functional group. Unless aided by processes and systems that enable cross-functional
interaction, product innovations teams tend to fall into ways of working that reinforce
functional barriers.
To be successful, cross-functional teams must be provided with support that moves
them beyond the islands of information that restrict their knowledge, awareness and
insight into an environment that facilitates and reinforces cooperation and integrated
effort across all functions. This requires innovation processes and systems designed
from the ground up to enable cross-functional teamwork.
One of the principal benefits of a viable innovation process is that it enables all
stakeholders - team members and decision-making executives alike - to view project
goals, risks, and opportunities. Because all process stages, gates and deliverables are
organized and presented in a common context, teams are better able to work
together to drive projects forward. Managers, leaders and individual contributors from
every function can readily understand the process, track progress, and more effectively
play the role that is prescribed for them. Further, executives are better able to access
the information they need to steer projects and make the right investment decisions.
The most powerful way to
achieve adoption of an
innovation process is to
make sure that it saves
people time.
2. Eliminate Friction to Ensure Adoption
The most powerful way to achieve adoption of an innovation process is to make sure
that it saves people time. Great care must be taken to eliminate every potential source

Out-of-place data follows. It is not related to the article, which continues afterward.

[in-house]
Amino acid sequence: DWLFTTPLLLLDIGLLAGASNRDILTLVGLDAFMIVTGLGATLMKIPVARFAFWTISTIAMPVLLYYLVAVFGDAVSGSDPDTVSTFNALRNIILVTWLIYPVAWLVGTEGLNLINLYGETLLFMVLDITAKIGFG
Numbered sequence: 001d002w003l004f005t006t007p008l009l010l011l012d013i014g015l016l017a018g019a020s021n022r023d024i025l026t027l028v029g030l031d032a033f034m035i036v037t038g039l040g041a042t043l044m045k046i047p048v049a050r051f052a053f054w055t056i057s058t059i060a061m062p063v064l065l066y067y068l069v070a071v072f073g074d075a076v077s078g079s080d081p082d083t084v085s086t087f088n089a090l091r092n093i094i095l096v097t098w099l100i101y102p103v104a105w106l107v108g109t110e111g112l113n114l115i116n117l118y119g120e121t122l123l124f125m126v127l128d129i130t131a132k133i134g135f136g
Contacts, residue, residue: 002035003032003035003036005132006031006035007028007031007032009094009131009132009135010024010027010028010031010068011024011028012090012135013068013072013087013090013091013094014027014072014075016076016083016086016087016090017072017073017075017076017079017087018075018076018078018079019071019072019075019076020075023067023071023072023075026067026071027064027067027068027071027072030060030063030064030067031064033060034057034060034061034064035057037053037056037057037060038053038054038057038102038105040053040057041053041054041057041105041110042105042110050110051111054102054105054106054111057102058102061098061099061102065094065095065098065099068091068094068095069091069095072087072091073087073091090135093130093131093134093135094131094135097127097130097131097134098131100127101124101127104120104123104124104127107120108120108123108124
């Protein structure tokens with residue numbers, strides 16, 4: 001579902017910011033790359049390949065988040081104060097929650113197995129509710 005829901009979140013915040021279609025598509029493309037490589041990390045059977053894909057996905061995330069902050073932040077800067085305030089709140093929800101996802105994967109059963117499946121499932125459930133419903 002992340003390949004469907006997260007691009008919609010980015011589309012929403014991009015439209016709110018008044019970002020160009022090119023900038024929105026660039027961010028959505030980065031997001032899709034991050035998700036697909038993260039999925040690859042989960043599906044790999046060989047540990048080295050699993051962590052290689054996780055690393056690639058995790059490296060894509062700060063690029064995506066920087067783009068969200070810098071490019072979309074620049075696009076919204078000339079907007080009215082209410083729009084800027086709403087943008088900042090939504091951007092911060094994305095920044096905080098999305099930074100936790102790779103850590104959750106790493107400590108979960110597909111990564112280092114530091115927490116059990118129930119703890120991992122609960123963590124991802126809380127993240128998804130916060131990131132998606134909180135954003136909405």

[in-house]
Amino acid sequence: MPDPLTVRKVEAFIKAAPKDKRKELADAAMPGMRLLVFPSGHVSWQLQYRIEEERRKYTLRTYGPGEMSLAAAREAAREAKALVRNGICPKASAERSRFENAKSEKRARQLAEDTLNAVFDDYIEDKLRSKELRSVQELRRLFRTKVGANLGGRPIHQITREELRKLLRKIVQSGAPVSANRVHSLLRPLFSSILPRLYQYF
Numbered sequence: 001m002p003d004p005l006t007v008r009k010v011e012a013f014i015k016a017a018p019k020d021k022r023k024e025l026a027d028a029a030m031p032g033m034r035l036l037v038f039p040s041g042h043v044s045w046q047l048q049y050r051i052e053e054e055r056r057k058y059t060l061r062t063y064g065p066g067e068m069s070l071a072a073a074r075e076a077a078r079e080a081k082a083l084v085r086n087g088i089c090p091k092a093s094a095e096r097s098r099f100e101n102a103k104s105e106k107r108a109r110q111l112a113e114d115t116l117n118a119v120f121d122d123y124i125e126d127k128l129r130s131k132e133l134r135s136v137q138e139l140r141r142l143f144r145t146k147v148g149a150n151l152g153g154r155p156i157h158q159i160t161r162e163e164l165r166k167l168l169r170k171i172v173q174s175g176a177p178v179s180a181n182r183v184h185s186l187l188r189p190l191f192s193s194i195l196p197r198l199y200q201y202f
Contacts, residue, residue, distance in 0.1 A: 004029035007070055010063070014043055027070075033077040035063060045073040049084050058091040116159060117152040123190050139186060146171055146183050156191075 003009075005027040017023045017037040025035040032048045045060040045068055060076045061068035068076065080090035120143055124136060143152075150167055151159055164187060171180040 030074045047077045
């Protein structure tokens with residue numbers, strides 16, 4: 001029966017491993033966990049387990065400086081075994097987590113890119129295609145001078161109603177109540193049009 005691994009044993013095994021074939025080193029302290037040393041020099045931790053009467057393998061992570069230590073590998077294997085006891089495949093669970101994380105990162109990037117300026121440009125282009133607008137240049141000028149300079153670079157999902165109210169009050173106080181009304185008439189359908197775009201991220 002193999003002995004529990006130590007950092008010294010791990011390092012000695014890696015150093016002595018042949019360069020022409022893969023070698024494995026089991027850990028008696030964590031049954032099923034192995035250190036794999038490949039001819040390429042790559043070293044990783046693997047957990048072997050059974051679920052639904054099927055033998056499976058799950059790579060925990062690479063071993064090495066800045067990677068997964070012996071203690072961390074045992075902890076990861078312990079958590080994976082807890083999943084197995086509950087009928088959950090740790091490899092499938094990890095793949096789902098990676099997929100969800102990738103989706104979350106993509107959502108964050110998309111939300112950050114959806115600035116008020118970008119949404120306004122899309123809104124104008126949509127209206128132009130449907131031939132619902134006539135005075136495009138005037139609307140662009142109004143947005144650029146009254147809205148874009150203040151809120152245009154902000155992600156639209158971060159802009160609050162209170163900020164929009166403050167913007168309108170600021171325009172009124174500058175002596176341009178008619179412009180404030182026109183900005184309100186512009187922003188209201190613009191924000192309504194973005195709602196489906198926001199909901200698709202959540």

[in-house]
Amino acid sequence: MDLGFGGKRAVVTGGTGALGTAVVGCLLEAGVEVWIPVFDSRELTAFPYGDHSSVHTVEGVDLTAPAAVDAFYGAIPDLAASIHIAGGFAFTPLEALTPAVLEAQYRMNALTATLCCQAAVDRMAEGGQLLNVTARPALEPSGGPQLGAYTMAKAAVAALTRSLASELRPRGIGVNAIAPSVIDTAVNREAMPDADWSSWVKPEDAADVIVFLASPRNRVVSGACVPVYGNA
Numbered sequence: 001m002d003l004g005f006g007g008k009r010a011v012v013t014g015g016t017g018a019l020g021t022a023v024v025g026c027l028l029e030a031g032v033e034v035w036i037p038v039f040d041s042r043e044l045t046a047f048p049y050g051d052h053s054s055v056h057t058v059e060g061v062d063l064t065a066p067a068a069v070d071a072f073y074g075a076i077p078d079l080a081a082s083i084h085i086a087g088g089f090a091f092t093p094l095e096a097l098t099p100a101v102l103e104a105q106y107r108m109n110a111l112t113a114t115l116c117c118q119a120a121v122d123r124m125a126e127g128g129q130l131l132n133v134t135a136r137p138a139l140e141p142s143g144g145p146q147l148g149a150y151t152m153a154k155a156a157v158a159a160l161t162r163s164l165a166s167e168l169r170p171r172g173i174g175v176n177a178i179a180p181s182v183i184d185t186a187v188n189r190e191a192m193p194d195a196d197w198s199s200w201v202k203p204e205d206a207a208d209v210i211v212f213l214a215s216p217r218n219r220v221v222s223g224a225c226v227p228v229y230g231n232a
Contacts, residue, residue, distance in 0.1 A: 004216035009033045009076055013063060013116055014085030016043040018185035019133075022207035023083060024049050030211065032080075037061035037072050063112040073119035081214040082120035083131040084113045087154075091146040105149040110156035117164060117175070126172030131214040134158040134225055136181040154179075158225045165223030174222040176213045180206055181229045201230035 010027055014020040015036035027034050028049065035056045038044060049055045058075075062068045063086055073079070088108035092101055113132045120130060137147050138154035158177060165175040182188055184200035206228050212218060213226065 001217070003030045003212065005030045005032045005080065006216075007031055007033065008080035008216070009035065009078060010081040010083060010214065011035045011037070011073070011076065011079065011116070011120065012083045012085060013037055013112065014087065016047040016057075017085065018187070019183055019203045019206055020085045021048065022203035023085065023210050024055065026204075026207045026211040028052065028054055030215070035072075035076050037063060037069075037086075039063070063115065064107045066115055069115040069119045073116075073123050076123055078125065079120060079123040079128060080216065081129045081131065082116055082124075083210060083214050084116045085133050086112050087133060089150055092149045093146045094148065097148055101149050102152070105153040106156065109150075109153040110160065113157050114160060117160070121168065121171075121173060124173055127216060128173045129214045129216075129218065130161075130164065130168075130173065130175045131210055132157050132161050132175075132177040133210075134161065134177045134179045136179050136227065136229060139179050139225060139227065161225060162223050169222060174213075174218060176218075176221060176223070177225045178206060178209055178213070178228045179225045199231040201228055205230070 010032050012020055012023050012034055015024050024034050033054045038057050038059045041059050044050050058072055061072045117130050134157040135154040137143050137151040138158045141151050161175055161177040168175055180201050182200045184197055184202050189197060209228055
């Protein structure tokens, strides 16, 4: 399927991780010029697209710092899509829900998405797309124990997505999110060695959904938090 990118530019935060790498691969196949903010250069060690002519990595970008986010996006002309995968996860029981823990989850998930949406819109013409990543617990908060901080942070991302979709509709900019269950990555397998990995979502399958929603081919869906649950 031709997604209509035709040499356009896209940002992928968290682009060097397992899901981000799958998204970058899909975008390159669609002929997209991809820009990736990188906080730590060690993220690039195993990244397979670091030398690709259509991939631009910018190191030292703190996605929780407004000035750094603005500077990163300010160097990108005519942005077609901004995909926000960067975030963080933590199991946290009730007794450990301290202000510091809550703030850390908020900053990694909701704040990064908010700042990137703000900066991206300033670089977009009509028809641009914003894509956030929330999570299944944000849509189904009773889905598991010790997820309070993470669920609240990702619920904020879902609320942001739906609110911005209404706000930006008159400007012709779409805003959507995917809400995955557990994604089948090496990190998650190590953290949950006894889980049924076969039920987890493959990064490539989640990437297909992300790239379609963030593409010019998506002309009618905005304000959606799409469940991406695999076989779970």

of friction from process use. One way to do this is to embed best practices directly
into a set of agreed-to templates for creating deliverables. These templates should
comprise standardized questions and provide advice that guides the user to
communicate what is required at each process stage and gate. This ensures that team
members ‒ even those who are new to the process ‒ are able to optimize their input
and participation.
The process should also make it easy for teams to reuse the information in
deliverables, whether through automation tools or some other method. This reduces
the amount of time and effort team members must invest. For example, with the right
kind of technology support, summary documents such as executive presentations can
be automatically created from templates, turning a job that would otherwise take
hours or days into one that is completed in a matter of seconds. Capabilities such as
this eliminate unnecessary double-data-entry and give team members additional time
to focus on the substance of their contribution to the process,
Page 8
Successfully Executing Gated Processes
Another way to eliminate friction is by providing a single place where teams can store
and monitor all initiatives deliverables. Reducing the time required to track status
details allows team members to concentrate more strictly on the quality of the work
being completed.
Lastly, don’t forget to also eliminate friction for the innovation business leaders
responsible for managing your innovation process. They are at the heart of the
process. Their time should be spent driving the business and creating a culture that
ensures process adoption ‒ NOT on process administration. Managers should be
provided with support and capabilities that make it easy for them to participate in
developing the process, to help govern it once it’s in place, and to modify it over time
as required to meet the evolving needs of your business.
Reducing the time spent
tracking status details allows
team members to
concentrate instead on the
quality of the work being
completed.
3. Make Sure Gate Meetings Have Teeth
So you have a team that is running efficiently and generating credible, effective
recommendations based on the value of projects. Great! What should senior
management do with that information?
Executives have the responsibility to act as gate keepers. In that critical role, they need
to remember a golden rule: Gates are decision points where projects should be